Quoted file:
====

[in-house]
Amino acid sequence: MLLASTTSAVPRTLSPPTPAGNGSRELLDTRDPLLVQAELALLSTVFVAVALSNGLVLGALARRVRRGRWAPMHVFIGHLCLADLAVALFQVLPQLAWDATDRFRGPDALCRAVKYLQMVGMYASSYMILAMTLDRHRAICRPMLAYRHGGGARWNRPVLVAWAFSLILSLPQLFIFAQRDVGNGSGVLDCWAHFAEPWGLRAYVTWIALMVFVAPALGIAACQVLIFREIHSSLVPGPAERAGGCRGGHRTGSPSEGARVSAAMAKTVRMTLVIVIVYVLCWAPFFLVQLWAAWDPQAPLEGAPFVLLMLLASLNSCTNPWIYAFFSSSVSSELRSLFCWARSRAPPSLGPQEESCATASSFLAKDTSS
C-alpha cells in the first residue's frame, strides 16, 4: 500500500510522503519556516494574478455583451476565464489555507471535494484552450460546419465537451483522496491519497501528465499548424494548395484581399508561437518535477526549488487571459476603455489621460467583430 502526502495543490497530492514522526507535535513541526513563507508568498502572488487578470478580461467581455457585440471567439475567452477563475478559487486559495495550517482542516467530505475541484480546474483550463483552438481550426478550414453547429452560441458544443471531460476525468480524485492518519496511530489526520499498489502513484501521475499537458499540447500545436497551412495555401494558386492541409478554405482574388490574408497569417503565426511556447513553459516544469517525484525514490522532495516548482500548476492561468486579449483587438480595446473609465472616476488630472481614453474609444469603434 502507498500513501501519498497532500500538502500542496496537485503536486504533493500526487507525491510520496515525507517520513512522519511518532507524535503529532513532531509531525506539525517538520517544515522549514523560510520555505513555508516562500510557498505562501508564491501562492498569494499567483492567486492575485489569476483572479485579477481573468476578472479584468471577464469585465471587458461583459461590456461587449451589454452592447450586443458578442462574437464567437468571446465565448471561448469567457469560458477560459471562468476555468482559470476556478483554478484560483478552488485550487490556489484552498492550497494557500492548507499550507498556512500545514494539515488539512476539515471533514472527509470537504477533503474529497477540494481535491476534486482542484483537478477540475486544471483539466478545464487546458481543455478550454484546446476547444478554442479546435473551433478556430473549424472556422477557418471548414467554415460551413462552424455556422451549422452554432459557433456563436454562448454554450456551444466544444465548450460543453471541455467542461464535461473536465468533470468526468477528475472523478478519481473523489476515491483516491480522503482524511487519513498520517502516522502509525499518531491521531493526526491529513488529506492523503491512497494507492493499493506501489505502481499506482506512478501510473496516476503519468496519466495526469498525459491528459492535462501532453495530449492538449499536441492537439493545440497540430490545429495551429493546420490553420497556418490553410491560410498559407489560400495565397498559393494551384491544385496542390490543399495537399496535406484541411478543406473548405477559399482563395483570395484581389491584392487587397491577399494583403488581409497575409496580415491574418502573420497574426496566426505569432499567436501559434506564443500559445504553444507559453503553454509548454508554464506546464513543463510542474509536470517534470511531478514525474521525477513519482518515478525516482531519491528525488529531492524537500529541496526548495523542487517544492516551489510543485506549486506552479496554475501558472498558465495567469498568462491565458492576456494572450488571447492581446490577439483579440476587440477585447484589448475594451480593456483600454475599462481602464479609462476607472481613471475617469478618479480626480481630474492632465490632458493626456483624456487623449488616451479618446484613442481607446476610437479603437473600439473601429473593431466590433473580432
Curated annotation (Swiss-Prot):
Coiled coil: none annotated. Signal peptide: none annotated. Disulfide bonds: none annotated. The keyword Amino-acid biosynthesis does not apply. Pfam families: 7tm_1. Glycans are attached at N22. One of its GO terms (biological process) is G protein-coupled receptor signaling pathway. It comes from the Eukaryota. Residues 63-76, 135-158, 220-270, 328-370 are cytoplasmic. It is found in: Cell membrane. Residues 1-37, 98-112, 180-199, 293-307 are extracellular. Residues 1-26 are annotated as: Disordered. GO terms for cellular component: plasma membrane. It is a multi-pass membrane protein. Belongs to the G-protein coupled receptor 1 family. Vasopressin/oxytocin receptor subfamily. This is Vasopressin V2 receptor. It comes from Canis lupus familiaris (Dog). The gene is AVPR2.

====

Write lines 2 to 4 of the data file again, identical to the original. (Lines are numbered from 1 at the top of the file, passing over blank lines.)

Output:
Amino acid sequence: MLLASTTSAVPRTLSPPTPAGNGSRELLDTRDPLLVQAELALLSTVFVAVALSNGLVLGALARRVRRGRWAPMHVFIGHLCLADLAVALFQVLPQLAWDATDRFRGPDALCRAVKYLQMVGMYASSYMILAMTLDRHRAICRPMLAYRHGGGARWNRPVLVAWAFSLILSLPQLFIFAQRDVGNGSGVLDCWAHFAEPWGLRAYVTWIALMVFVAPALGIAACQVLIFREIHSSLVPGPAERAGGCRGGHRTGSPSEGARVSAAMAKTVRMTLVIVIVYVLCWAPFFLVQLWAAWDPQAPLEGAPFVLLMLLASLNSCTNPWIYAFFSSSVSSELRSLFCWARSRAPPSLGPQEESCATASSFLAKDTSS
C-alpha cells in the first residue's frame, strides 16, 4: 500500500510522503519556516494574478455583451476565464489555507471535494484552450460546419465537451483522496491519497501528465499548424494548395484581399508561437518535477526549488487571459476603455489621460467583430 502526502495543490497530492514522526507535535513541526513563507508568498502572488487578470478580461467581455457585440471567439475567452477563475478559487486559495495550517482542516467530505475541484480546474483550463483552438481550426478550414453547429452560441458544443471531460476525468480524485492518519496511530489526520499498489502513484501521475499537458499540447500545436497551412495555401494558386492541409478554405482574388490574408497569417503565426511556447513553459516544469517525484525514490522532495516548482500548476492561468486579449483587438480595446473609465472616476488630472481614453474609444469603434 502507498500513501501519498497532500500538502500542496496537485503536486504533493500526487507525491510520496515525507517520513512522519511518532507524535503529532513532531509531525506539525517538520517544515522549514523560510520555505513555508516562500510557498505562501508564491501562492498569494499567483492567486492575485489569476483572479485579477481573468476578472479584468471577464469585465471587458461583459461590456461587449451589454452592447450586443458578442462574437464567437468571446465565448471561448469567457469560458477560459471562468476555468482559470476556478483554478484560483478552488485550487490556489484552498492550497494557500492548507499550507498556512500545514494539515488539512476539515471533514472527509470537504477533503474529497477540494481535491476534486482542484483537478477540475486544471483539466478545464487546458481543455478550454484546446476547444478554442479546435473551433478556430473549424472556422477557418471548414467554415460551413462552424455556422451549422452554432459557433456563436454562448454554450456551444466544444465548450460543453471541455467542461464535461473536465468533470468526468477528475472523478478519481473523489476515491483516491480522503482524511487519513498520517502516522502509525499518531491521531493526526491529513488529506492523503491512497494507492493499493506501489505502481499506482506512478501510473496516476503519468496519466495526469498525459491528459492535462501532453495530449492538449499536441492537439493545440497540430490545429495551429493546420490553420497556418490553410491560410498559407489560400495565397498559393494551384491544385496542390490543399495537399496535406484541411478543406473548405477559399482563395483570395484581389491584392487587397491577399494583403488581409497575409496580415491574418502573420497574426496566426505569432499567436501559434506564443500559445504553444507559453503553454509548454508554464506546464513543463510542474509536470517534470511531478514525474521525477513519482518515478525516482531519491528525488529531492524537500529541496526548495523542487517544492516551489510543485506549486506552479496554475501558472498558465495567469498568462491565458492576456494572450488571447492581446490577439483579440476587440477585447484589448475594451480593456483600454475599462481602464479609462476607472481613471475617469478618479480626480481630474492632465490632458493626456483624456487623449488616451479618446484613442481607446476610437479603437473600439473601429473593431466590433473580432
Curated annotation (Swiss-Prot):